Wednesday, July 14, 2021

The devil in Bill Gates

Bill and Melina Gates are in the midst of a high profile divorce. We're not surprised. Bill Gates has always been disgusting.

Microsoft, for those not aware, was in partnership with NBC to create MSNBC. And it spawned hours and hours of hate speech. It's all time low was hiring homophobe Michael Savage to host a hate speech talk show. Bill was fine wit that. It was Melinda insistence that helped kill the program.

Bill had no natural give back' motto or ethic. Any actual charity that MICROSOFT or The Bill and Melinda Gates Foundation actually did was usually due to the interests and concerns of Melinda. The Charlie Rose lackeys in the media worked overtime to make Bill Gates a hero. He was never any such thing. Now Million Belay and Bridget Mugambe provide some much needed reality at SCIENTIFIC AMERICA:

Africans have long been told that our agriculture is backward and should be abandoned for a 21st-century version of the Green Revolution that enabled India to feed itself. Western science and technology, in the form of seeds modified by science and technology, synthetic fertilizers and pesticides, petroleum-fueled machinery and artificial irrigation were key to that miracle, we are informed, and we too need to tread that path.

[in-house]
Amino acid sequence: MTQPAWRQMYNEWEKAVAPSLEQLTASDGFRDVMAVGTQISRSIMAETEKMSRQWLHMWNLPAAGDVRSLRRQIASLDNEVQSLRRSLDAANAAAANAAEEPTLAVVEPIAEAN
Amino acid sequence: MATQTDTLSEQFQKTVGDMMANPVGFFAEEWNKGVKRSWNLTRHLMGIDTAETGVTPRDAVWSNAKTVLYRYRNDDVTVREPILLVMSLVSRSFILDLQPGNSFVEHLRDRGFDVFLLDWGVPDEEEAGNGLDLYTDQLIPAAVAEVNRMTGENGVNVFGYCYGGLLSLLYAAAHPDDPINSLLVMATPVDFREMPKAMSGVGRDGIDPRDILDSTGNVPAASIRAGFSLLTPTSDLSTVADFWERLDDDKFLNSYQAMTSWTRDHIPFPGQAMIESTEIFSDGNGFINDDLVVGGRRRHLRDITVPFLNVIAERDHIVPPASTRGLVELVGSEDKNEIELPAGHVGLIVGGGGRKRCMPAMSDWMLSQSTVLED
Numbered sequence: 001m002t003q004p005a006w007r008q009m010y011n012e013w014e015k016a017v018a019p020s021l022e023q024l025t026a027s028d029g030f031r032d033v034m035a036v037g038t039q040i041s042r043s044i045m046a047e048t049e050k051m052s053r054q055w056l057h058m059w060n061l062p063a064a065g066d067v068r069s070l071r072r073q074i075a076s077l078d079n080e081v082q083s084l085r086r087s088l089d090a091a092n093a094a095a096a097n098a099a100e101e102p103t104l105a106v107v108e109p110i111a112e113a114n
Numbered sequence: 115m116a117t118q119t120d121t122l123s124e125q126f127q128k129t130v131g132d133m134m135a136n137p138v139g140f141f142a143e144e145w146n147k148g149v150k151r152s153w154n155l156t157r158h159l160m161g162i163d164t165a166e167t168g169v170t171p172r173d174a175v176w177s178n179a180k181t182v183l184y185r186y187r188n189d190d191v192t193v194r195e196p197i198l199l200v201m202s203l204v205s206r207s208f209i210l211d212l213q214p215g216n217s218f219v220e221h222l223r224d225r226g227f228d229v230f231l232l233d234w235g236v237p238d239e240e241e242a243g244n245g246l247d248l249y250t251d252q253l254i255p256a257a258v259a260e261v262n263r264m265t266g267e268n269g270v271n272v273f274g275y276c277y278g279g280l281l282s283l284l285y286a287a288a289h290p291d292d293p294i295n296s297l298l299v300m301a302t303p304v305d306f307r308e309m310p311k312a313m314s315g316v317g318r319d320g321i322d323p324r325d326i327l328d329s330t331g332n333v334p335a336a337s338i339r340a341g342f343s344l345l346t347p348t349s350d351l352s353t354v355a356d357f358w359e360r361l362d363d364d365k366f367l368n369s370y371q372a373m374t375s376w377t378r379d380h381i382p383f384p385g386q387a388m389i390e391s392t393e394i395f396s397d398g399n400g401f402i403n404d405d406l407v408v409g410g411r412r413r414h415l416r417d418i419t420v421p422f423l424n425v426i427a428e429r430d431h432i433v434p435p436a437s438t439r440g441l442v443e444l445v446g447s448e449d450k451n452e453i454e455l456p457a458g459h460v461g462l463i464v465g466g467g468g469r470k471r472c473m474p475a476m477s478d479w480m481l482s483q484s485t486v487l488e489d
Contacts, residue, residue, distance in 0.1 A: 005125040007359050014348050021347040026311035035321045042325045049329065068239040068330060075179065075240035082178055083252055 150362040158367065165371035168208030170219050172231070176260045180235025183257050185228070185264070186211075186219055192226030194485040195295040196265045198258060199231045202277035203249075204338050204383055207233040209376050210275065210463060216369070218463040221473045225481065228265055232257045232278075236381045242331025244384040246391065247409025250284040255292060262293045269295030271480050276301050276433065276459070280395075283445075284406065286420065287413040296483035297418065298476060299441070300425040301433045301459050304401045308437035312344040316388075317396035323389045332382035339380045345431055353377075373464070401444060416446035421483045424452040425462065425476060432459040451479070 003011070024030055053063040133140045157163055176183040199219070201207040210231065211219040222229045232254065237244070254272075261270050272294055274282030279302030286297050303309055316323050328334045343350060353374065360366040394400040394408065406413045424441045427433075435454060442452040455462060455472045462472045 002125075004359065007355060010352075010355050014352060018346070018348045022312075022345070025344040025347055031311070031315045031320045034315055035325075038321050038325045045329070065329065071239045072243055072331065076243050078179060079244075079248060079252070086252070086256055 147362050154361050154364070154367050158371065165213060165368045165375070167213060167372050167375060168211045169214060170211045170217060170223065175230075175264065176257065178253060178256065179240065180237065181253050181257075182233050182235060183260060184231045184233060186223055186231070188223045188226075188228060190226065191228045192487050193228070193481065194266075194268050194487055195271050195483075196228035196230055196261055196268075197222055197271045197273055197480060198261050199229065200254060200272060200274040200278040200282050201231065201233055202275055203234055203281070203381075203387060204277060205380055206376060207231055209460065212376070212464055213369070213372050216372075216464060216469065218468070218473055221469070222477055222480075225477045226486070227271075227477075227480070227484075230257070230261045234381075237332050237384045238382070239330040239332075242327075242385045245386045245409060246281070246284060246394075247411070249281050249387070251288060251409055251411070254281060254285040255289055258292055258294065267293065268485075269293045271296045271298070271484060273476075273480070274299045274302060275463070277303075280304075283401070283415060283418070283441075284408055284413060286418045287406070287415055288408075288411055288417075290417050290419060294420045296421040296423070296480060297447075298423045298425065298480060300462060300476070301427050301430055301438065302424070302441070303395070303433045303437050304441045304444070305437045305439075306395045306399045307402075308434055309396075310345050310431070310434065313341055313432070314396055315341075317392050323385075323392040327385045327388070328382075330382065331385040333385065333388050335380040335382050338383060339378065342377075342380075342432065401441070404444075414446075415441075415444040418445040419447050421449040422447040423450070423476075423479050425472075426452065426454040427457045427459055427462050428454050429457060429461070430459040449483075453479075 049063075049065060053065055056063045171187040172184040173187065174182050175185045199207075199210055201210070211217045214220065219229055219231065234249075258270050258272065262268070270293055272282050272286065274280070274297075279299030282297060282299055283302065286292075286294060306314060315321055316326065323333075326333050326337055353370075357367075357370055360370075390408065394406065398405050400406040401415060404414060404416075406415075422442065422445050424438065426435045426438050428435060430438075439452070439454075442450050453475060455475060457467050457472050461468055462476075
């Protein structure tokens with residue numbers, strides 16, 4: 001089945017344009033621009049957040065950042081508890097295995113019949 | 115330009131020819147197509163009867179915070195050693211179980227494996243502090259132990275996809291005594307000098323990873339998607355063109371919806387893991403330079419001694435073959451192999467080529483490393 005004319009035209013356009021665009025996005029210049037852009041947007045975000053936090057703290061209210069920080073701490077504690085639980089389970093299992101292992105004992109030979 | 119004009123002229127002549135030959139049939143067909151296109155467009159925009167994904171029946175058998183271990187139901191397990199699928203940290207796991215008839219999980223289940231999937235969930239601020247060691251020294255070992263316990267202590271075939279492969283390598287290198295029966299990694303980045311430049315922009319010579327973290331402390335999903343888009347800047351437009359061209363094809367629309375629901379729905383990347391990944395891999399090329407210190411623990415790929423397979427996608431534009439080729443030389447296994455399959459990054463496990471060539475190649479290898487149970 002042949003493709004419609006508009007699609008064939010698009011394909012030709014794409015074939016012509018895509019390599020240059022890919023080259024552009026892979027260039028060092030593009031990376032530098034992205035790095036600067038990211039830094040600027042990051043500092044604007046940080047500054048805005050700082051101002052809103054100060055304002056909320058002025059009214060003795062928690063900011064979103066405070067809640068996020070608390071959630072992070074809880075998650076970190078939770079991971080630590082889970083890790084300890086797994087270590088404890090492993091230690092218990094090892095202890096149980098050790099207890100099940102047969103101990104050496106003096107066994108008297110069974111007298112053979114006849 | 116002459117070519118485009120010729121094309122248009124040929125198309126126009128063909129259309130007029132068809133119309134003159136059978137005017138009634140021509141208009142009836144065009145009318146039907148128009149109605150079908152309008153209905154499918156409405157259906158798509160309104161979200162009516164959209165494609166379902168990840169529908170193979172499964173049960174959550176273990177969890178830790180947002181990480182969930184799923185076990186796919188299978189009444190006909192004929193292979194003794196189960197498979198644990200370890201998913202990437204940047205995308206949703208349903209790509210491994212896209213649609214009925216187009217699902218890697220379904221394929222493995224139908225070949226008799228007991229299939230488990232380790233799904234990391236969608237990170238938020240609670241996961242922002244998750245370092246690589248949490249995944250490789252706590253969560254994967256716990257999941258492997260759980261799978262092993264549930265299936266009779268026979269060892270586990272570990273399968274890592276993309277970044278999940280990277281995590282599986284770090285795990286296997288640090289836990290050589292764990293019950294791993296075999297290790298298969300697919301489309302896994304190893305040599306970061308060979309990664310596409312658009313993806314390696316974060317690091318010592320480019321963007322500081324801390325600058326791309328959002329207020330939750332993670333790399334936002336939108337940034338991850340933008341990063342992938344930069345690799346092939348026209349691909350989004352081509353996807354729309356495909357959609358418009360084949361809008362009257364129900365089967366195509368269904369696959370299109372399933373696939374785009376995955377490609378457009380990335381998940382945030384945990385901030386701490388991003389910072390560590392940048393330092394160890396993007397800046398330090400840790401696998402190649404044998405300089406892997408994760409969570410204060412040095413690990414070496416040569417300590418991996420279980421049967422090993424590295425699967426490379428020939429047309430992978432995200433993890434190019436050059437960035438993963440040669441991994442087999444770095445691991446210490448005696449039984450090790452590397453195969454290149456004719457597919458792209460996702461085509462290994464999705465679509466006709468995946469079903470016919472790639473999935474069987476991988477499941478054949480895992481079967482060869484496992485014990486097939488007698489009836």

A primary proponent of this view is the Cornell Alliance for Science (CAS), founded in 2014 to “depolarize the charged debate” around genetically modified (GM) seeds. With $22 million in funding thus far from the Bill and Melinda Gates Foundation, the CAS in fact consistently defends GM seeds, arguing that they are healthy, productive and environmentally friendly, while attacking agroecology as economically and socially regressive.
In contrast,the Alliance for Food Sovereignty in Africa (AFSA), which represents more than 200 million farmers, fishers, pastoralists, indigenous peoples, women, consumers and others across all but five African countries, holds that agroecology is what our continent needs. Small-scale, ecofriendly cultivation methods using indigenous knowledge and inputs and cutting-edge science increase the variety, nutritive value and quantity of foods produced on farms while stabilizing rural economies, promoting gender equity and protecting biodiversity.
[. . .]
We welcome investment in agriculture on our continent, but we seek it in a form that is democratic and responsive to the people at the heart of agriculture, not as a top-down force that ends up concentrating power and profit into the hands of a small number of multinational companies. While describing how GM seeds and other technology would solve hunger in African countries, Bill Gates claimed that “it’s a sovereign decision. No one makes that for them.” But the massive resources of the Gates Foundation, which he co-chairs, have had an outsized influence on African scientists and policymakers, with the result that food systems on our continent are becoming ever more market-oriented and corporate-controlled.
This transformation has immense adverse implications for the nutrition, health, environment, culture and right to food of Africans. We ask that Gates let the continent’s food producers and consumers chart our own paths toward sustainable and healthy farming practices and diets. 


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